Public cloud concerns
It may be difficult and somewhat unsettling to provide one organization with control over data and systems that are critical to another organization’s success. Nonetheless, there is constant pressure to reduce IT costs by moving to public cloud services while still exercising due diligence in selecting a secure and reliable cloud provider. With the emergence of large companies like Microsoft and Amazon entering the public cloud marketplace, many major companies have felt more comfortable moving to the cloud.
However, the security of the public cloud is still passionately debated. Recently, concerns about public cloud security arose with the release of findings from an investigation into my cloud service providers, Amazon, Gigenet, Rackspace, and VPS. Revelations of the above findings have focused on the following issues.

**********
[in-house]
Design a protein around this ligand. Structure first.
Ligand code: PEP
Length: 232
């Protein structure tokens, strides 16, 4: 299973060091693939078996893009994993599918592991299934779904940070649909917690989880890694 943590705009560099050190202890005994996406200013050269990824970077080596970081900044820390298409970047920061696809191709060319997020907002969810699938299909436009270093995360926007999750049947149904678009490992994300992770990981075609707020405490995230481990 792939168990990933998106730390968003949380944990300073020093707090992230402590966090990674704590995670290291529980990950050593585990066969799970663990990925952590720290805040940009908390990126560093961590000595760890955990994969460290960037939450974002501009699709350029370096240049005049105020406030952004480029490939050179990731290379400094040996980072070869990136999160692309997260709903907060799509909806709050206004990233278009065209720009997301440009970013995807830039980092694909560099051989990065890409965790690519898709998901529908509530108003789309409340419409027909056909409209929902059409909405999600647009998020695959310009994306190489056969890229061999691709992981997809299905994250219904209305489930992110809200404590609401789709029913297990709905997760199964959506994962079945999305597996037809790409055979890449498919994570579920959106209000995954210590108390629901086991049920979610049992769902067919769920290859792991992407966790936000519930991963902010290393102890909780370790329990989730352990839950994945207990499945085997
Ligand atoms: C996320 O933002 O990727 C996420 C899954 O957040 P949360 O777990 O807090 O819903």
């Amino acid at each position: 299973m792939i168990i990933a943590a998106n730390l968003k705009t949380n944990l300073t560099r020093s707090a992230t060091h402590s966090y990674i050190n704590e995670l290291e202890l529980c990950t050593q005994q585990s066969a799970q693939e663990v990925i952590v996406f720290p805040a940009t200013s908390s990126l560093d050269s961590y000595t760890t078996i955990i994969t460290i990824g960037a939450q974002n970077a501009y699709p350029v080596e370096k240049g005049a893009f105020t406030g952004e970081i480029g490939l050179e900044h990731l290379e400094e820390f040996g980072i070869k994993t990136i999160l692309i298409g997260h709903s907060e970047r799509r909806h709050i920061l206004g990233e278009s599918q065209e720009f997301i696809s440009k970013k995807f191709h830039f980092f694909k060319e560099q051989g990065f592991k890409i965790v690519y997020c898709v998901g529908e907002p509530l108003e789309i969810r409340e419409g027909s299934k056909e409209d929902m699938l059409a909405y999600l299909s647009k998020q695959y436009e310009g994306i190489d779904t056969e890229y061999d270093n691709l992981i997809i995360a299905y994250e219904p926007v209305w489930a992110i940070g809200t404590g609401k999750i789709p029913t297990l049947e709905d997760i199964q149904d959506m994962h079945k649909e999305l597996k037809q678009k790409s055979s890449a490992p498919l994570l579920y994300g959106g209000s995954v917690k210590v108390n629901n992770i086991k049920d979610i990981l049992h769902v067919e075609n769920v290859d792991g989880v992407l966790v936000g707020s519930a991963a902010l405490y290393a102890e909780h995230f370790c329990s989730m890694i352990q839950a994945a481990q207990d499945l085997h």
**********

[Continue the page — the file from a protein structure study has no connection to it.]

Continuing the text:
Intra-server security and vulnerabilities
Cloud computing offers customers computing resources generally in the form of virtual machines for rent at generally lower costs than the organization would incur by hosting the servers in-house. Companies can achieve considerable savings through economies of scale. The rented computing resources are just a portion of the available resources hosted by the provider as much of the infrastructure is shared among clients of the provider. This model presents potential security risks to cloud computing clients if the rented space is not adequately separated from other customers. Inadequate separation could give an attacker, who has compromised one client in the cloud, access to other clients. Attackers could also rent space in the cloud and then use that space as a base of attack on neighboring clients.